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I am reading Klein and Manning's notes on Maximum Entropy for Natural Language Processing. On slide 22, they have an equation saying, $P(C|D,\lambda) = \Pi _{(c,d)\in (C,D)} P(c|d,\lambda)$. I am not sure how they obtain this or what it really means. In the coursera video on this topic, Manning says that this follows because the random variables are independent and identically distributed. However, I thought, Maximum Entropy methods are prefered over Naive Bayes because they don't make the "naive" independence assumptions. If someone has a reference for this equation, that will be great.

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The individual samples in the dataset are iid. The features within a given sample are not assumed to be iid.

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  • $\begingroup$ Thanks for the answer. I am still a bit confused though. What does C really mean if we are varying over the samples in a dataset? For example, if are doing named entity recognition (an example that they have been using), the individual date pieces (words in this instance) within a document can be associated with a class and a corresponding feature weight. What does $P(C|D,\lambda)$ mean in this case? $\endgroup$ – user21338 Feb 27 '13 at 18:08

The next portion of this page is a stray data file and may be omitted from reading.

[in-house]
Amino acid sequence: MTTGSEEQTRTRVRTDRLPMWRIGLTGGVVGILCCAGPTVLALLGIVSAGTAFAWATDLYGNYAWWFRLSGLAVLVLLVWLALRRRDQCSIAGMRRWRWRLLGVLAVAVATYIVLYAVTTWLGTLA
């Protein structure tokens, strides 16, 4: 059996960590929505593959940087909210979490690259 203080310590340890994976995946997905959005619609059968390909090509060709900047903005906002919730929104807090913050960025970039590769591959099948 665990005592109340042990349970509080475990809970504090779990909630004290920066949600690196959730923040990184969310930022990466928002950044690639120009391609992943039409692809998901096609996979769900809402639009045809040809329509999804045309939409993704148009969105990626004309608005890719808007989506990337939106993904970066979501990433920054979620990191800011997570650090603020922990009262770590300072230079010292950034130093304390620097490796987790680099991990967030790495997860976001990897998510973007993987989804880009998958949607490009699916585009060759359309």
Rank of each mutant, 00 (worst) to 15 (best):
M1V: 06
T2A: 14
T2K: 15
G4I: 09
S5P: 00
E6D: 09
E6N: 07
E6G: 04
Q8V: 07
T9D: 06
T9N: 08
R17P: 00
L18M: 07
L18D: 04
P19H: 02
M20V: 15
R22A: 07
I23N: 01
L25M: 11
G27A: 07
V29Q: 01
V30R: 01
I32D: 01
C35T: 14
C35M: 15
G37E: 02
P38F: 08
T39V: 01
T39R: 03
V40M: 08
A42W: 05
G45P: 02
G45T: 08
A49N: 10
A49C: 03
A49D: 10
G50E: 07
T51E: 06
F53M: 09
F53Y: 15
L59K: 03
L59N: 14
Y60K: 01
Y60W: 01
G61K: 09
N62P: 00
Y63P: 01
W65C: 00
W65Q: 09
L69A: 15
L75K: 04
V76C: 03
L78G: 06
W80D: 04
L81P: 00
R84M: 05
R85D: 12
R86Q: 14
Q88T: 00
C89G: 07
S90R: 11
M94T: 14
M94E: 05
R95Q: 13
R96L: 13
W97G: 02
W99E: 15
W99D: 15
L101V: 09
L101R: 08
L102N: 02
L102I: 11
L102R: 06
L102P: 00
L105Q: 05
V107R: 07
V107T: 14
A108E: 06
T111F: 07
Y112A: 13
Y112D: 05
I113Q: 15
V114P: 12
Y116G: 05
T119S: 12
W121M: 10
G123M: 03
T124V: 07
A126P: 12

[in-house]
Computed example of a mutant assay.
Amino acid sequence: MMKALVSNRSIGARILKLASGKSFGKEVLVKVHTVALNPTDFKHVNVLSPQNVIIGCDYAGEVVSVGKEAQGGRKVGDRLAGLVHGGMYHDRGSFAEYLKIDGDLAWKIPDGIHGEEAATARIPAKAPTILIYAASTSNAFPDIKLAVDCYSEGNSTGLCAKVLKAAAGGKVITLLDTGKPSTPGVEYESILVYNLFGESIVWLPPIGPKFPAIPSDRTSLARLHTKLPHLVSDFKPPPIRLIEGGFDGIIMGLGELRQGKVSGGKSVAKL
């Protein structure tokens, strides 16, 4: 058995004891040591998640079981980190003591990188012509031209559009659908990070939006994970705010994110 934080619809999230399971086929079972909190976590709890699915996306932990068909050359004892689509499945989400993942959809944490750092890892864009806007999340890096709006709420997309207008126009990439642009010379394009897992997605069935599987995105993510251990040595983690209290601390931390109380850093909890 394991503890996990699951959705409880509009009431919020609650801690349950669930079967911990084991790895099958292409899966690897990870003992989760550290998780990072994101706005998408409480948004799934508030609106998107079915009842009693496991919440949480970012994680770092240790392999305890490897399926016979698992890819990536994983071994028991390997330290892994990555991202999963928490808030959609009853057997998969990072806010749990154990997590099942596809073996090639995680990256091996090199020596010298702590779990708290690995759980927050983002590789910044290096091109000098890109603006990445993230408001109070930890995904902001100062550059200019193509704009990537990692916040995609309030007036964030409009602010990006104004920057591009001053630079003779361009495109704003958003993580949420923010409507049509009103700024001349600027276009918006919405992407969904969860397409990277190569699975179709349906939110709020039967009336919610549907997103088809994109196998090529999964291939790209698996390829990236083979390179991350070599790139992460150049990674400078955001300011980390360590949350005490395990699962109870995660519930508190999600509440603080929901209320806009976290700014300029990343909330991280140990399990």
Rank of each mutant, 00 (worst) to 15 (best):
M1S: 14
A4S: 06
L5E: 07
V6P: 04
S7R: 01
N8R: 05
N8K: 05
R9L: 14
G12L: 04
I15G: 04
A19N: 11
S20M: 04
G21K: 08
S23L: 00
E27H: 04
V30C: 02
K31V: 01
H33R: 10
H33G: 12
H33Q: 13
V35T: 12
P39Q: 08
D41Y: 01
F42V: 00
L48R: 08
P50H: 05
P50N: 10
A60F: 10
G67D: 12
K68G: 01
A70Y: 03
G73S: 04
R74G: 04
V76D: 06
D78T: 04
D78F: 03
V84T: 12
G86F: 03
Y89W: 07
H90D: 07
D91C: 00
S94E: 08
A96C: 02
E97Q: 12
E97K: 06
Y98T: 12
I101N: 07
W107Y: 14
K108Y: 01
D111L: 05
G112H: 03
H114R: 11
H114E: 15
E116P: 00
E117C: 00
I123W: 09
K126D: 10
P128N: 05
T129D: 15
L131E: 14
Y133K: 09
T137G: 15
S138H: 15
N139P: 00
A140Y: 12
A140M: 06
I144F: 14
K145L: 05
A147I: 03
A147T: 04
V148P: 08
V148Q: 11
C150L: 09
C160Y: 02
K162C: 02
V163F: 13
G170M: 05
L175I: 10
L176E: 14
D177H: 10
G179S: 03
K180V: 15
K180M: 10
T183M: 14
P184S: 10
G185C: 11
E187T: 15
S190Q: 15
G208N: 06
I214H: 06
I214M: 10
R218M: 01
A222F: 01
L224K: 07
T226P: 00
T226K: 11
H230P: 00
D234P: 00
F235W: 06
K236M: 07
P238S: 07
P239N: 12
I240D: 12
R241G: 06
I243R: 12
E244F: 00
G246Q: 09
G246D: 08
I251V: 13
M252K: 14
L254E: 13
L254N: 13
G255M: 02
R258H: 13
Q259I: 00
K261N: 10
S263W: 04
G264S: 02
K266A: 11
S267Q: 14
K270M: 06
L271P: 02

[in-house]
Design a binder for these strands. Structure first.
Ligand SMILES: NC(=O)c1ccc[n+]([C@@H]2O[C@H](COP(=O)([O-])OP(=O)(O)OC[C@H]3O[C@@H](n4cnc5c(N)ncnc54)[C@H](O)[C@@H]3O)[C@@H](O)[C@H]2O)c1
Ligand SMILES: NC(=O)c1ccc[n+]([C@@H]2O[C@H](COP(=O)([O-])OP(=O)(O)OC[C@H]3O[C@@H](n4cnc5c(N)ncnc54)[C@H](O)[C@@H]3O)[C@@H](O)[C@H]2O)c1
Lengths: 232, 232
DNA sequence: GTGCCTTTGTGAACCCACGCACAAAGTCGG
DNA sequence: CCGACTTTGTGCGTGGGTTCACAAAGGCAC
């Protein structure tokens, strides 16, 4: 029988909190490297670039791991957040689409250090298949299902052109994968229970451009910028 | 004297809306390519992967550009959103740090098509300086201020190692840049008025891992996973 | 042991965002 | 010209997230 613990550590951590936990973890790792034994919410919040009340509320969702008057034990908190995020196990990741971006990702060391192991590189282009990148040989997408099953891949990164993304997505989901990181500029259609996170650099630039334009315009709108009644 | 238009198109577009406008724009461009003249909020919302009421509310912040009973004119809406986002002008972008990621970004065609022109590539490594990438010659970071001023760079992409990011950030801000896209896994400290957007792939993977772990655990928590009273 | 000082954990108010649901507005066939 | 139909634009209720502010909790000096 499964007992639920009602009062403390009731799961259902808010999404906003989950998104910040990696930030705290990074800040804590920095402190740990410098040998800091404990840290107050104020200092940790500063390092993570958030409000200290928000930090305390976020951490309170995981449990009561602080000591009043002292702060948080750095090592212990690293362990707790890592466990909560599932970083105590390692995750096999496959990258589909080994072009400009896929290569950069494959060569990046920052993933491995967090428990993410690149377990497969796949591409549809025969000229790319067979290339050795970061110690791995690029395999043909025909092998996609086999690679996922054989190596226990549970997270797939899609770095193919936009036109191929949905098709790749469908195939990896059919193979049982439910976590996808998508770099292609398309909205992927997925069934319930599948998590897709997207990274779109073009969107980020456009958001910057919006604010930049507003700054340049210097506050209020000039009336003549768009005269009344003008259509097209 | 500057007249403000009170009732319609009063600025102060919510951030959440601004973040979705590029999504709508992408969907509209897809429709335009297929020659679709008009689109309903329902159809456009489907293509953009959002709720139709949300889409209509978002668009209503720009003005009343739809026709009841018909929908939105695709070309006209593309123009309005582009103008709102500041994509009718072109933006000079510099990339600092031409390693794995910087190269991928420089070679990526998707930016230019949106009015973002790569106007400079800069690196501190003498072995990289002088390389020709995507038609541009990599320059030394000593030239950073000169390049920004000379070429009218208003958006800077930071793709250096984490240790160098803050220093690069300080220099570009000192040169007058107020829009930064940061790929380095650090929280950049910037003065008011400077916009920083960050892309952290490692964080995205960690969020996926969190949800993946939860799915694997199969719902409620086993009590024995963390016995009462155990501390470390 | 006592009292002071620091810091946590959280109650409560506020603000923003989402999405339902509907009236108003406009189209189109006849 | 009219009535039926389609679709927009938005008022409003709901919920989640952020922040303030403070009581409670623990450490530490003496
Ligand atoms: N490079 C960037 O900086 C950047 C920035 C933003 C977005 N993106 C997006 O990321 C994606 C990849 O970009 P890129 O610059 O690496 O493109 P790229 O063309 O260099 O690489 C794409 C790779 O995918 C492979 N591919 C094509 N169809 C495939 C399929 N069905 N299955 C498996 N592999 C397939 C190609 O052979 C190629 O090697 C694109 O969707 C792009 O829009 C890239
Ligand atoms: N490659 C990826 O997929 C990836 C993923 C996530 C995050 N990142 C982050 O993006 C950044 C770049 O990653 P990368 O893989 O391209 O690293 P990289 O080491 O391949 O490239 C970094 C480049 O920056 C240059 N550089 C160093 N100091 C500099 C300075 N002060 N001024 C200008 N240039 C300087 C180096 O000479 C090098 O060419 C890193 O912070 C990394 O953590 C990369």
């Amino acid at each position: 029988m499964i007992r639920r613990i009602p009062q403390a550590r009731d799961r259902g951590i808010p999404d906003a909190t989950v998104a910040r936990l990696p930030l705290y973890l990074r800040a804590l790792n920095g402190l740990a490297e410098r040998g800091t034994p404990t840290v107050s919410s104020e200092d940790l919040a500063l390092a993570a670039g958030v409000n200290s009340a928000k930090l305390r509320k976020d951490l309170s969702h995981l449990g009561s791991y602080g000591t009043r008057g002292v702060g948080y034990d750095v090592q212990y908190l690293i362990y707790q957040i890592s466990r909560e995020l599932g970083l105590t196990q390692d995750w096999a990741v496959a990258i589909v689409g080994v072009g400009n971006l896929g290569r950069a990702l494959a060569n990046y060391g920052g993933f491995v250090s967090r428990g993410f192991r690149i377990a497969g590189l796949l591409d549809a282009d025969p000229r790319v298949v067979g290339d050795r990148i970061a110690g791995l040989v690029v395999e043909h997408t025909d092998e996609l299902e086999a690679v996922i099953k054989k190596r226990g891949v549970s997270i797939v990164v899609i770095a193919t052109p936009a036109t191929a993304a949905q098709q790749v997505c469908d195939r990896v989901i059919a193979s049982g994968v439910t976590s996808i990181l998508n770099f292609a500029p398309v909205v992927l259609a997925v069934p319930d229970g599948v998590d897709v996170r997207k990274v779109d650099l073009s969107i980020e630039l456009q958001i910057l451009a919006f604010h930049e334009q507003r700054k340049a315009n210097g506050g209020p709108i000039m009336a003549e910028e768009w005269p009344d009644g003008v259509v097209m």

• $\begingroup$ P(C|D,λ) refers to the probability distribution of classes to every instance in the dataset, given a particular weight vector λ. EG, the probability that instance 1 has class 3 and instance 2 has class 1 and instance 3 has class 1 is a single entry in that distribution. If there are m classes and n instances, there are m^n entries in the distribution. $\endgroup$ – rrenaud Feb 28 '13 at 0:23

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